Mexico City and Nepal’s policies exemplify the emerging tendency to buttress abortion rights by providing funding to make services accessible. In 2007, as part of Mexico City’s measure to legalize abortion, legislators sought to make abortion available to all women, including those who could not afford to pay for the procedure. The law now provides access to abortion for 10 million women in Mexico City and its suburbs as well as to residents of Mexico who travel to Mexico City.
In 2009, the Supreme Court of Nepal ordered the government to create a fund to ensure access to abortion. Abortion was legalized under Nepalese law in 2002, but no provision was made for funding at that time. Nepalese women faced numerous barriers to obtaining an abortion, including a limited number of providers and prohibitive costs. In response, Nepal’s Supreme Court ordered the government to enact a comprehensive abortion law to guarantee women access to safe and affordable abortion services. The Court’s ruling specifically required the creation of a fund to cover the cost of abortion for rural and poor women. The fund must include enough resources to meet the demand for abortion services and to educate the public and health service providers about the abortion law. With this ruling, the court took concrete steps to address the disparity that existed between a legal right and the ability of all women — not just the privileged — to access that right.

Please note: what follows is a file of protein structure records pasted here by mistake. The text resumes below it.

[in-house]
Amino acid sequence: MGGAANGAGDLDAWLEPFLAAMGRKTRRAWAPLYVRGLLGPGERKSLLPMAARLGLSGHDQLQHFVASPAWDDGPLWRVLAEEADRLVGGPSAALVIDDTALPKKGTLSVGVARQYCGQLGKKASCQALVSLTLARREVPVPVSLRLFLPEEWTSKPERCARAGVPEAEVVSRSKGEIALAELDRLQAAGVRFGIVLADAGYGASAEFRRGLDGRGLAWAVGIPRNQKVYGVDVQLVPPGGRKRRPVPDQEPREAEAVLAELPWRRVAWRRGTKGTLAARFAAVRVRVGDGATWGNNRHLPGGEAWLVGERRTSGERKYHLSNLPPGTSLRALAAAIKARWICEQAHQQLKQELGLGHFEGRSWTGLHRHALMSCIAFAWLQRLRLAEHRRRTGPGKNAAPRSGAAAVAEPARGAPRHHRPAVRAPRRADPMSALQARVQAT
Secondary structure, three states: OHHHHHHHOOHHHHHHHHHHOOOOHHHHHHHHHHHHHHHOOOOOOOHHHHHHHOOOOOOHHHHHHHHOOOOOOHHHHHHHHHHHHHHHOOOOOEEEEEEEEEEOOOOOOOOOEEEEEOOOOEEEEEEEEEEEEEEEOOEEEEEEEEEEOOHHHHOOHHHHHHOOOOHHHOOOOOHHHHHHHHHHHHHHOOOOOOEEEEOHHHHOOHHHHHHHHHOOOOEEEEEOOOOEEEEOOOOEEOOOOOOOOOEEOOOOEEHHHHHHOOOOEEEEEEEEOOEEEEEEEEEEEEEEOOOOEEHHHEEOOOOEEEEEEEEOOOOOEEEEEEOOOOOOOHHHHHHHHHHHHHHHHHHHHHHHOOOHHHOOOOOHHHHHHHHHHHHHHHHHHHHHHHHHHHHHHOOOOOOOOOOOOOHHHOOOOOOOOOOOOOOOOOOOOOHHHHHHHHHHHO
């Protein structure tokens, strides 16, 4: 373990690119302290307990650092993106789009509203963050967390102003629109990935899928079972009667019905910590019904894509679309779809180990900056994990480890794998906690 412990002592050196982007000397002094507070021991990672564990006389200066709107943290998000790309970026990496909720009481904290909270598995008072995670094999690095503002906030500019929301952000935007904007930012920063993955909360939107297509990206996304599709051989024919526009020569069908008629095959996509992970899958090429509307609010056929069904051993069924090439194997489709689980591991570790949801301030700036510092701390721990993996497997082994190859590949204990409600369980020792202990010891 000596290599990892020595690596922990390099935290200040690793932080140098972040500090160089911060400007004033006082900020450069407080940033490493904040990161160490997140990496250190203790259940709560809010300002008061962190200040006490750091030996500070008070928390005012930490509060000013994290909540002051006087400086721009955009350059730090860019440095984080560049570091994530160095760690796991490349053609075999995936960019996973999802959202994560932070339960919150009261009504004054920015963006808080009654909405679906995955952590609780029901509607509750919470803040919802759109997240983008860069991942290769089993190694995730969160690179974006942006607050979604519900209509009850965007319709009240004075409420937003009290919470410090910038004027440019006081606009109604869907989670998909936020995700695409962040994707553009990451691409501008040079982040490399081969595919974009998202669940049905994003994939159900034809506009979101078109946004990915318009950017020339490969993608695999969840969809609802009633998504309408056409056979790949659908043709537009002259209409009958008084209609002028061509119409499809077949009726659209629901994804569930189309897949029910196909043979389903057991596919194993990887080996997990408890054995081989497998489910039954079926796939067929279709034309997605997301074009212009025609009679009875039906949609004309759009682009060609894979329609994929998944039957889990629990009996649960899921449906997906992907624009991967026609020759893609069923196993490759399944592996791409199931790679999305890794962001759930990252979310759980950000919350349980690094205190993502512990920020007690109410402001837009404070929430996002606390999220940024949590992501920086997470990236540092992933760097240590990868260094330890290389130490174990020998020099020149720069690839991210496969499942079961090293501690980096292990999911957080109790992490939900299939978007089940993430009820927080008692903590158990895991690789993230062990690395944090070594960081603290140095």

IV. A SHARP CONTRAST: NARROWER RIGHTS AND A VICIOUS FUNDING DEBATE IN THE U.S.
The Carhart cases: Supreme Court signals women’s health and autonomy are no longer a priority
At the beginning of the decade, in Stenberg v. Carhart (2000), the U.S. Supreme Court struck down an abortion procedure ban that failed to provide exceptions to preserve a woman’s health. Seven years later, in Gonzales v. Carhart, the Court upheld a similar ban despite the absence of a health exception.
In her dissent, Justice Ginsberg referred to the decision as “alarming” because it refused to seriously consider precedent, failed to safeguard women’s health, and “reflected ancient notions about women’s place in the family and under the Constitution — ideas that have long since been discredited.” Justice Ginsberg reminded the court that “legal challenges to undue restrictions on abortion procedures do not seek to vindicate some generalized notion of privacy, rather, they center on a woman’s autonomy to determine her life’s course, and thus to enjoy equal citizenship stature.” Justice Ginsberg’s understanding of the right to abortion and to access abortion services is in keeping with international norms. Unfortunately, a majority of the United State Supreme Court disagreed, signaling that women’s autonomy is no longer a paramount concern for the Court.